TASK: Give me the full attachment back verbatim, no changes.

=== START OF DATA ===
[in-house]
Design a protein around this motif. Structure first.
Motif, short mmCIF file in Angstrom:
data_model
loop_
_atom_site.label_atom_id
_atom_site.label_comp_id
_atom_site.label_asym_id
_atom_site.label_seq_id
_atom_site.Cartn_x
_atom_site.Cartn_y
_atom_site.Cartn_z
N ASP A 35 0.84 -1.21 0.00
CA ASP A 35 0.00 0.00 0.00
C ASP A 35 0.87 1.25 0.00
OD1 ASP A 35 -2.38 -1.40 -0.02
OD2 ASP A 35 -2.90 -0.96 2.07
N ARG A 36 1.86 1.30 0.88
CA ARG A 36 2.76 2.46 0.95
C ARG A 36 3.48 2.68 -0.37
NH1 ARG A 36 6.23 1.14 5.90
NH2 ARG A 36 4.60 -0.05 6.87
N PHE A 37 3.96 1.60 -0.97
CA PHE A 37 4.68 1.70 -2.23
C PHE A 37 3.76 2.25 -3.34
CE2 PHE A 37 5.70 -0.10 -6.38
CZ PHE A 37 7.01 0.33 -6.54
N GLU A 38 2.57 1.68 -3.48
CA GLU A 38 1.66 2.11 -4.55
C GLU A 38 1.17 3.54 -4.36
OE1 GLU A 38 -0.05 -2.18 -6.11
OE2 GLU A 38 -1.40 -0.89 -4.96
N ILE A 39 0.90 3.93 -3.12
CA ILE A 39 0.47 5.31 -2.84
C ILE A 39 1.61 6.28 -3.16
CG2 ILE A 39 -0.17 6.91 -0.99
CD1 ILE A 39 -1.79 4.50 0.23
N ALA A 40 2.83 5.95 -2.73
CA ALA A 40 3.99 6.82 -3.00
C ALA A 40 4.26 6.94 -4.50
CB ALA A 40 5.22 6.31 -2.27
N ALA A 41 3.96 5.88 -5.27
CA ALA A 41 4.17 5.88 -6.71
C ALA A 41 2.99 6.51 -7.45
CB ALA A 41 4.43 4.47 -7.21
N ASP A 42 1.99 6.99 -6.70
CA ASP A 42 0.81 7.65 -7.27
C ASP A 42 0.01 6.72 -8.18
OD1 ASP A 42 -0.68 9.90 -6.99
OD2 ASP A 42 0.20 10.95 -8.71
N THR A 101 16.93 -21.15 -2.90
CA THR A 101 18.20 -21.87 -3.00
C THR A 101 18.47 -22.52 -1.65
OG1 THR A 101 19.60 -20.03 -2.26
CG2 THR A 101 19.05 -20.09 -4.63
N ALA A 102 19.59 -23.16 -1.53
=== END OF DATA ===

[in-house]
Design a protein around this motif. Structure first.
Motif, short mmCIF file in Angstrom:
data_model
loop_
_atom_site.label_atom_id
_atom_site.label_comp_id
_atom_site.label_asym_id
_atom_site.label_seq_id
_atom_site.Cartn_x
_atom_site.Cartn_y
_atom_site.Cartn_z
N ASP A 35 0.84 -1.21 0.00
CA ASP A 35 0.00 0.00 0.00
C ASP A 35 0.87 1.25 0.00
OD1 ASP A 35 -2.38 -1.40 -0.02
OD2 ASP A 35 -2.90 -0.96 2.07
N ARG A 36 1.86 1.30 0.88
CA ARG A 36 2.76 2.46 0.95
C ARG A 36 3.48 2.68 -0.37
NH1 ARG A 36 6.23 1.14 5.90
NH2 ARG A 36 4.60 -0.05 6.87
N PHE A 37 3.96 1.60 -0.97
CA PHE A 37 4.68 1.70 -2.23
C PHE A 37 3.76 2.25 -3.34
CE2 PHE A 37 5.70 -0.10 -6.38
CZ PHE A 37 7.01 0.33 -6.54
N GLU A 38 2.57 1.68 -3.48
CA GLU A 38 1.66 2.11 -4.55
C GLU A 38 1.17 3.54 -4.36
OE1 GLU A 38 -0.05 -2.18 -6.11
OE2 GLU A 38 -1.40 -0.89 -4.96
N ILE A 39 0.90 3.93 -3.12
CA ILE A 39 0.47 5.31 -2.84
C ILE A 39 1.61 6.28 -3.16
CG2 ILE A 39 -0.17 6.91 -0.99
CD1 ILE A 39 -1.79 4.50 0.23
N ALA A 40 2.83 5.95 -2.73
CA ALA A 40 3.99 6.82 -3.00
C ALA A 40 4.26 6.94 -4.50
CB ALA A 40 5.22 6.31 -2.27
N ALA A 41 3.96 5.88 -5.27
CA ALA A 41 4.17 5.88 -6.71
C ALA A 41 2.99 6.51 -7.45
CB ALA A 41 4.43 4.47 -7.21
N ASP A 42 1.99 6.99 -6.70
CA ASP A 42 0.81 7.65 -7.27
C ASP A 42 0.01 6.72 -8.18
OD1 ASP A 42 -0.68 9.90 -6.99
OD2 ASP A 42 0.20 10.95 -8.71
N THR A 101 16.93 -21.15 -2.90
CA THR A 101 18.20 -21.87 -3.00
C THR A 101 18.47 -22.52 -1.65
OG1 THR A 101 19.60 -20.03 -2.26
CG2 THR A 101 19.05 -20.09 -4.63
N ALA A 102 19.59 -23.16 -1.53